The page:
BIG EARS 09: Ned Rothenberg

New York sax and clarinet master Ned Rothenberg considers how the way we listen to music affects the way it’s made

Ned Rothenberg

Photo by David Agasi, David Agasi

Ned Rothenberg

Ned Rothenberg

Photo by David Agasi

Ned Rothenberg

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A defining metaphor for the Big Ears Festival comes to mind while chatting via phone with New York City-based reedman Ned Rothenberg. Perhaps the Big Ears Festival’s sensorium-blowing diversity, shoehorned as it is into a mere 50 hours, is the iPod generation’s answer to a music festival—a live manifestation of shuffle mode, with classical, jazz, rock, category X, and category Y cheek-to-jowl.

Or as reedman Ned Rothenberg puts it, “I sit and listen to Beethoven string quartets front to back [on my iPod but] sometimes I’m just listening in random mode and a movement pops in and… I feel a little guilty thinking about Ludwig van, going, ‘You really want to listen to just the second movement of the C-sharp minor string quartet, and then go on to Otis Redding right after that?’”

As a matter of fact, yes, if current trends are any indication, that’s apparently precisely what we want.

Rothenberg is a wide-ranging composer and performer, based in New York since the late 1970s but best known for solo performances in the United States, Europe, and Japan. At the core of his virtuosic clarinet and saxophone playing is an assortment of extended techniques, which include circular breathing, alternate horn fingerings, and overtone manipulation. These are brought to bear in solo performance to produce what he hesitatingly and unsatisfyingly characterizes as “full music.”

“It’s much more normal for guitarists or pianists to play alone because the instruments themselves have intrinsically more polyphonic capability,” Rothenberg says. “What I’m trying to do, with the admittedly limited ways in which these instruments can create both polyphony and self-accompaniment, is to make a full musical statement with that.”

Whether on alto saxophone or bass clarinet, solo performances invoke a rich auditory weave of braided melodies, floating descants, and percussive effects. On recordings it’s easy to forget that all these sounds materialize from one instrument nearly simultaneously, but live or even on YouTube the effect is spellbinding, at times magical.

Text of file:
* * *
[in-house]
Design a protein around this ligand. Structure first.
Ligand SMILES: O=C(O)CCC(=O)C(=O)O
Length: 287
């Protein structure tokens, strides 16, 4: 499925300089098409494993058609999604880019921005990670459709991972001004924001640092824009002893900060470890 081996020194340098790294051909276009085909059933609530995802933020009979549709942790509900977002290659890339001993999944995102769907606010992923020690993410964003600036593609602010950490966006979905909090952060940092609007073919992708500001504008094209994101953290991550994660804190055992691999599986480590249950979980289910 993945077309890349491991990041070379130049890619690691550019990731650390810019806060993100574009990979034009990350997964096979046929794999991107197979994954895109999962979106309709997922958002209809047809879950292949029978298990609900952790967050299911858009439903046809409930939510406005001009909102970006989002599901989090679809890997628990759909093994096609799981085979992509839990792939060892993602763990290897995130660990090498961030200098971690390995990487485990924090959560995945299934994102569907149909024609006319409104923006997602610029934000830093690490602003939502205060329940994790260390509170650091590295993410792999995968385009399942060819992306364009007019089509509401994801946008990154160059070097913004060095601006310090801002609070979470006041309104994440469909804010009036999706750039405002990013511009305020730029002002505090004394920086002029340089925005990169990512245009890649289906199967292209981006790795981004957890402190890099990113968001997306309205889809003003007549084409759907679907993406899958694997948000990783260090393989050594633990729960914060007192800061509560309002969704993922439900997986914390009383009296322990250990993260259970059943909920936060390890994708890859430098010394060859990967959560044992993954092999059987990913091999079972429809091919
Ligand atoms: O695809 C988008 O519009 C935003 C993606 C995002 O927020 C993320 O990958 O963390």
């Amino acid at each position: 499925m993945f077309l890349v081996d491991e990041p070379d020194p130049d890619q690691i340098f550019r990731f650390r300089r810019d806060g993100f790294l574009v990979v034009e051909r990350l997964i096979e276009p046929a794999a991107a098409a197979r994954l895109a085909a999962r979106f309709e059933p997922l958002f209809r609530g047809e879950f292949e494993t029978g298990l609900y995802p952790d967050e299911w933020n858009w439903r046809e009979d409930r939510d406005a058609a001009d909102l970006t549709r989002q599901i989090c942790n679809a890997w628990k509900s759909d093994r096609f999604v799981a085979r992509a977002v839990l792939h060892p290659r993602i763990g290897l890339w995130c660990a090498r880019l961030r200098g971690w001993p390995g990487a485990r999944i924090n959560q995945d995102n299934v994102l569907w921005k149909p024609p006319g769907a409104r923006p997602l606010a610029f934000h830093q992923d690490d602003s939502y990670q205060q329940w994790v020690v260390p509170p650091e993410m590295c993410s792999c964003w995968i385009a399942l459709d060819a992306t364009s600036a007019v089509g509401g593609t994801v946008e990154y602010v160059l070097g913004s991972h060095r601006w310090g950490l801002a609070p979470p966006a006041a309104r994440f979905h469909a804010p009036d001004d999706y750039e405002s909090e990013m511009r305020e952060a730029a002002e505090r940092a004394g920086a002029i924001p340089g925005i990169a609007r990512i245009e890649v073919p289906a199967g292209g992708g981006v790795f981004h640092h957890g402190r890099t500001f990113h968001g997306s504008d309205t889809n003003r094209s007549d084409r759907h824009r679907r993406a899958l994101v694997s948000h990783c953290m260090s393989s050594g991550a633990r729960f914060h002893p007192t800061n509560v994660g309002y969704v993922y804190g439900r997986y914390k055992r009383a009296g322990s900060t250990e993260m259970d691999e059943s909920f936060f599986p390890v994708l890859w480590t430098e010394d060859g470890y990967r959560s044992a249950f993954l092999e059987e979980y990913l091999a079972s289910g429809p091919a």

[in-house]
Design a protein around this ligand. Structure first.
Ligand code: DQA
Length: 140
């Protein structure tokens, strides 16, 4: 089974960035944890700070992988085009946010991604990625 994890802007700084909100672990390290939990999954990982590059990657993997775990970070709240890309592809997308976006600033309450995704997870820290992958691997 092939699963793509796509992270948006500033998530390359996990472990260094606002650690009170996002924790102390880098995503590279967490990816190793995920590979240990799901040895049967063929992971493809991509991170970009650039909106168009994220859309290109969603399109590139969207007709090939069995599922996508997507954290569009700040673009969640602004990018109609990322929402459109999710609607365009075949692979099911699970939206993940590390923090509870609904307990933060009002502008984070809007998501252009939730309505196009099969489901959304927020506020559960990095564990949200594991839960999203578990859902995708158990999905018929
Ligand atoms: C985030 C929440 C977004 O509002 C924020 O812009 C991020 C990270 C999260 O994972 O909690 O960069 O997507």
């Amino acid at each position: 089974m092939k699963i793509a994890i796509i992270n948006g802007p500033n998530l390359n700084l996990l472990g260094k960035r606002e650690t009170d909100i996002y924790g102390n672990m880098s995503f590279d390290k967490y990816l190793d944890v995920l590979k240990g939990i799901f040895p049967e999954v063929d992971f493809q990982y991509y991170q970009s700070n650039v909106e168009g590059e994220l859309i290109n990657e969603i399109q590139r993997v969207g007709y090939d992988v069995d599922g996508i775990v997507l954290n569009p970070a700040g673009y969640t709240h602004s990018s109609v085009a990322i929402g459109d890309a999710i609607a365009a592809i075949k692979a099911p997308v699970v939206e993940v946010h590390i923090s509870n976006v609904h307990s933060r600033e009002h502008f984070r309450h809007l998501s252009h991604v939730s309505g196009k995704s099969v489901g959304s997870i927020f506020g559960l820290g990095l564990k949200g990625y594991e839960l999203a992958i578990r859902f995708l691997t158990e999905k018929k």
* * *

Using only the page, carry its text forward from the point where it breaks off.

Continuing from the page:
Rothenberg’s oeuvre, however, is not confined to solo performance alone. Consistent with many in the free-improv scene, his activities incorporate extensive collaborations with a seemingly limitless array of partners. His philosophy—“If a musician is sensitive and has ears... I’m happy to listen to them or play with them”—has resulted in recordings and performances with such artists as English free-improv reedman Evan Parker, frame drummer Glen Velez, No Wave drummer/composer Ikue Mori, Sardinian “prepared” guitarist Paolo Angeli, and The Necks drummer Tony Buck and pianist Chris Abrahams. At Big Ears, Rothenberg will be performing solo, but also in collaboration with all three members of The Necks.

With Buck, he presently “instigates” Fell Clutch, described by Rothenberg on his website as a “kind of next-generation jam band” that also includes Stomu Takeishi on fretless bass and Dave Tronzo on electric slide guitar.

“I like to play in the rhythm section and use the horns to help generate a rhythmic fabric as opposed to always being playing melodic lines over the top,” he says. That motivation, combined with a group improvisatory approach as opposed to individual soloing, drives the group’s objective for “musical strength through sonic cohesion.” Like many of Rothenberg’s other projects, Fell Clutch produces some of the funkier and more accessible improv around.

Meantime, Rothenberg spent last November in Paris performing in the Elvis Costello- and Sting-featured opera Welcome to the Voice (“I was kind of a doubler-jazz soloist person”) and is about to record his five-movement quintet with string quartet and clarinet. That recording brings Rothenberg to our present iPod-enabled state: “We still spend a lot of time thinking about how much silence to put in between tracks and things like that, what the graphics are…. For the people who buy the CD and read the liner notes and listen all the way through, that’ll be one type of experience. But a bunch of other people will download the whole thing from iTunes and throw it into random… and it will be slap-bang right up against whatever other music they’re listening to. Right into death metal, who knows.”

© 2009 MetroPulse. All rights reserved. This material may not be published, broadcast, rewritten or redistributed.

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